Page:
Synopsis: A scientist with the ability to enter the subconscious minds of the possessed must save a young boy from the grips of a demon with powers never seen before, while facing the horrors of his past.
Tagline: Faith has failed us.
Release Date: Dec 2nd, 2016 | MPAA Rating: PG-13 | Coolthulhus Earned: 2
Watch the official Incarnate trailer here.
Incarnate begged to be mocked pretty much from the moment I turned it on. To be fair, some of my mocking was aimed more at possession movies in general, but Incarnate just asked for it. It was the perfect example of a cliché possession film with one or two tiny twists. My mocking will reveal tiny snippets of the movie, but nothing big. Still, don’t read below the SPOILERS mark if you’re completely against any type of spoiler.
In Incarnate a poor, tortured soul with special powers must face off, yet again, against the forces of darkness. A force that only he can defeat. And it’s personal. We’re talking “You killed my family, you sonofa—” grudge-match stuff. So of course. And he’s a self-righteous superhero that surrounds himself with assistants that dress in 90s punk. However, because he is the dude he doesn’t bother to share much information with his assistants. Even little stuff like “Hey, if x happens, I’m gonna do y, ok?” And aww, lookit, him’s an atheist asshole. Shock and horror! That’s never been done before!
It’s so completely predictable, too. Brad Peyton, the director of such gems as Cats vs Dogs: The Revenge of Kitty Galore, approaches Incarnate as if he delivering the ultimate drama, and it’s so serious but… you know. When the most recognizable movie on your list is a movie about furballs, leaping to a movie about possession might be stretching it a bit. Or maybe at least watch a bunch of these types of movies so that you can maybe prevent yours from becoming a walking billboard for the definition of the possessed cliché.
Incarnate was a waste of time and money. While I probably will watch it again when I need a movie to laugh at, there’s no single redeeming factor in it. Flat, boring, and filled with stupid. It’s not even worth Redboxing. Watch Fallen instead. It’s a better version of what this movie tries to be.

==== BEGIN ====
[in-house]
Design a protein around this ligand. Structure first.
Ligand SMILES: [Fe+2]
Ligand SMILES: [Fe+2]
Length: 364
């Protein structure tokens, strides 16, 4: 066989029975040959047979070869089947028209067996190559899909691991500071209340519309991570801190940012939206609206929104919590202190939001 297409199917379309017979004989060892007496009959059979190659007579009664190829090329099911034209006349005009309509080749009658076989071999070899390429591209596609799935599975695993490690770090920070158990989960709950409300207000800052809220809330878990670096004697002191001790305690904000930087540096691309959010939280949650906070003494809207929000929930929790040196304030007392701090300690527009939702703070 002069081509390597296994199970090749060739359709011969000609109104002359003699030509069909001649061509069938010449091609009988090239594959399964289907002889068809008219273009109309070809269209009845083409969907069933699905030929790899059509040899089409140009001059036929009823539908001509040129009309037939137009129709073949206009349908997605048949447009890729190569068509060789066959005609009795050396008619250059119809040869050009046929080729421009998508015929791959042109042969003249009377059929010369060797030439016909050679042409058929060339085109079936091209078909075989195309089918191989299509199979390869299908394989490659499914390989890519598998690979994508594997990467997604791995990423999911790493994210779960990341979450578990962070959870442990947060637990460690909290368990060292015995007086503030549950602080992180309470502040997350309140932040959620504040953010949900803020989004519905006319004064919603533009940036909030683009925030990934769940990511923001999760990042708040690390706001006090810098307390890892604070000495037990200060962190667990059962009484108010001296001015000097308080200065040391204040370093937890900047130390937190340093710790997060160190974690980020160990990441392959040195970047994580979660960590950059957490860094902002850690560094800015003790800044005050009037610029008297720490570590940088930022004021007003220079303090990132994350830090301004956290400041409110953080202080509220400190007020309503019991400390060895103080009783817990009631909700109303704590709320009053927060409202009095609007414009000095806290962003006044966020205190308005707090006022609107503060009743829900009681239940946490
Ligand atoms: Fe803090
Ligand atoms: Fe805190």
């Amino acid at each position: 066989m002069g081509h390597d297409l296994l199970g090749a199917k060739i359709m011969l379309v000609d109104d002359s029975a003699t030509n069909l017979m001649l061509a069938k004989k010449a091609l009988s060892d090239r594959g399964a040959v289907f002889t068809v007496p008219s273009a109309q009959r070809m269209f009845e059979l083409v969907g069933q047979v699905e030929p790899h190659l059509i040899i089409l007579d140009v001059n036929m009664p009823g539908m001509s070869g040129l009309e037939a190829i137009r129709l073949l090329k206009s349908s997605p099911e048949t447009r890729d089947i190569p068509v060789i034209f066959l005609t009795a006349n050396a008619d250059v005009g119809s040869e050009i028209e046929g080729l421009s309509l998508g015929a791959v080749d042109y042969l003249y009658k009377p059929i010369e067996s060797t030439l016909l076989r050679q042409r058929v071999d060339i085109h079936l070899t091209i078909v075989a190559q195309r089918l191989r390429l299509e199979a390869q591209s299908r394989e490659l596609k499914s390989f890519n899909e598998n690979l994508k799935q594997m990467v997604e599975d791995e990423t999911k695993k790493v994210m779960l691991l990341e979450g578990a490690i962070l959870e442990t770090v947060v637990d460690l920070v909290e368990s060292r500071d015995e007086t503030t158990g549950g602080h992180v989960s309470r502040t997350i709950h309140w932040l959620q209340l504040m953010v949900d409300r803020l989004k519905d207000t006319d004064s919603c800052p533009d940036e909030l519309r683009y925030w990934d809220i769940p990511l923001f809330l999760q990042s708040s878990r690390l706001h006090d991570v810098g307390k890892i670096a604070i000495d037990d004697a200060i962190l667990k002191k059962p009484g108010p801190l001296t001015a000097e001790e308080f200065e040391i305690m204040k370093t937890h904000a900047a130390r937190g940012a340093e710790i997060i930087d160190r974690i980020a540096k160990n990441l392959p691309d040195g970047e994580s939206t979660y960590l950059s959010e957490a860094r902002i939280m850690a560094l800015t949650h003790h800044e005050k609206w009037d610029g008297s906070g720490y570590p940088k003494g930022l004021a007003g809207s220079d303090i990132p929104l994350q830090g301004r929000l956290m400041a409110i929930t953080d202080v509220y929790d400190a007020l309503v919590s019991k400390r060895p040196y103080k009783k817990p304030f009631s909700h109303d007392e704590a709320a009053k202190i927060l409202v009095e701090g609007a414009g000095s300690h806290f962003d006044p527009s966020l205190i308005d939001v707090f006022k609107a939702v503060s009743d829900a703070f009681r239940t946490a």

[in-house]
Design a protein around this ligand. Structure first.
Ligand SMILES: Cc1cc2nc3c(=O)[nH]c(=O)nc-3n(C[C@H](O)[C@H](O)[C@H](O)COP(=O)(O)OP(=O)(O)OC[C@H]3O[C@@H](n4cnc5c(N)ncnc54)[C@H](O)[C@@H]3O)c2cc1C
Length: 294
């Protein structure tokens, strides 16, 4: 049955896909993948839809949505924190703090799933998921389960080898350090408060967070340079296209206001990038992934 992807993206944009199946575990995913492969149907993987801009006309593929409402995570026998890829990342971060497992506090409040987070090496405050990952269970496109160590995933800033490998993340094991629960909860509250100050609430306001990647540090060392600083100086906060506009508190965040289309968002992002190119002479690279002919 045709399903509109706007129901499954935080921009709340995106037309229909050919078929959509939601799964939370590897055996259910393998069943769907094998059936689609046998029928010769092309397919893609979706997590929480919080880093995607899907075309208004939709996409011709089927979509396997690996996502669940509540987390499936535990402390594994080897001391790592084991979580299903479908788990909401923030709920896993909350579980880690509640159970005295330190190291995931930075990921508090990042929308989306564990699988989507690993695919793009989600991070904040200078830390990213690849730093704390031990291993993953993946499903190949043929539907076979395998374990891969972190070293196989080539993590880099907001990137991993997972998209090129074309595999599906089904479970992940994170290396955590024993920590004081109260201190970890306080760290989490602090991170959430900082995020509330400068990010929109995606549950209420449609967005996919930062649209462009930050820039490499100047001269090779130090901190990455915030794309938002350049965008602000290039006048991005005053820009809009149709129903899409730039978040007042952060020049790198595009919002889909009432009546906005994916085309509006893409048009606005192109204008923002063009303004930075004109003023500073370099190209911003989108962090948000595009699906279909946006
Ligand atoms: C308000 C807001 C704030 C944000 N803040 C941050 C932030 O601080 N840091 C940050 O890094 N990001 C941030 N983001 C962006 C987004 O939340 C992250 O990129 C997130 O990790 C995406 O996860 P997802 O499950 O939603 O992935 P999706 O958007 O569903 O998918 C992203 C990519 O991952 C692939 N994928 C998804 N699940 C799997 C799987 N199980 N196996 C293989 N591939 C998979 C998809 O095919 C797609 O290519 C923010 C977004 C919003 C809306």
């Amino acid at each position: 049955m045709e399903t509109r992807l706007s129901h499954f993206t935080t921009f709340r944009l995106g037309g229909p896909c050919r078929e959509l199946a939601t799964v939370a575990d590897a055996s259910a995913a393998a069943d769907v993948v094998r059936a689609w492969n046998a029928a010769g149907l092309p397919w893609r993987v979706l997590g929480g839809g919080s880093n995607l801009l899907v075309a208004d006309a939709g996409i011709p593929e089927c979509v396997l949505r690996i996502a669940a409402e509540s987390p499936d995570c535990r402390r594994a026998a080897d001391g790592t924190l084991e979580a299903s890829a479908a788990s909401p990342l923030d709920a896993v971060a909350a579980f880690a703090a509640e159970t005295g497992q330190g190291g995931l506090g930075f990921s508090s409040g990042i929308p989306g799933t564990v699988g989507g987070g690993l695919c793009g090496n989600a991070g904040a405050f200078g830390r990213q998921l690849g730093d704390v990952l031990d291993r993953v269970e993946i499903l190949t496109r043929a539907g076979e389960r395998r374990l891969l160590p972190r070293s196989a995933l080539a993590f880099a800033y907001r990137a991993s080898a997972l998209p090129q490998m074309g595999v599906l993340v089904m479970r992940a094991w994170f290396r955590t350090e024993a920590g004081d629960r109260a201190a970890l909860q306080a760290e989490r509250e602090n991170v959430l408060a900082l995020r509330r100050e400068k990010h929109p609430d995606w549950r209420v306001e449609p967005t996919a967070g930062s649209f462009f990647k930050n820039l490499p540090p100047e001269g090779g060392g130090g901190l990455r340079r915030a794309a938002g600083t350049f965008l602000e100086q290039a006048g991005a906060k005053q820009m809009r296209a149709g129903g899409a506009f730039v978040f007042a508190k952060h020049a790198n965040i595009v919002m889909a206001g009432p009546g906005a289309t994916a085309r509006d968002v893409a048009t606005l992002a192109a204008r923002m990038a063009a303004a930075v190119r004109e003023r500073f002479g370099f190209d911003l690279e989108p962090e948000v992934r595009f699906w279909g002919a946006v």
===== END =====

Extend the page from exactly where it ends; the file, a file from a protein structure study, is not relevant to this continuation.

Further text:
So…is Aaron Eckhart capable of speaking in anything other than an intense whisper? I know part of it is just he has a gravelly voice, but… My partner and I were talking about why he’d never made A-list material because the man does seem capable of acting well. However the more we thought about it, the more we realized that Eckhart plays intense, driven/troubled men in general. So (at least from what we’ve seen him in), he’s definitely a one-note whistle. A one-note whistle who whispers intensely.
This demon prefers the dark (nothing new there). The light can ‘agitate’ it. So the demon sits in a darkened room but is conveniently placed so that he is in the one strip of light coming into the room. I am the terror that lurks in the night, I am… ooh, this golden light really shows off the red in my hair and compliments my profile, doesn’t it?
Why is it that an “Archdemon” is perfectly content to sit criss-cross applesauce as a young boy for days on end? I mean, there’s an obvious reason for it but it still just seems stupid/contrived. I mean: Ah yes, I am a big powerful demon. I was around when the great flood happened, I am desire, I am rage… but I’m also secretly lazy and this is the easiest way to get my shit done, so I’m’a just sit here, alright?
And the ending of Incarnate just makes me twitch. It’s one of those cases where two acts of sheer stupidity follow each other in such rapid succession that you’re left with mouth agape in astonishment.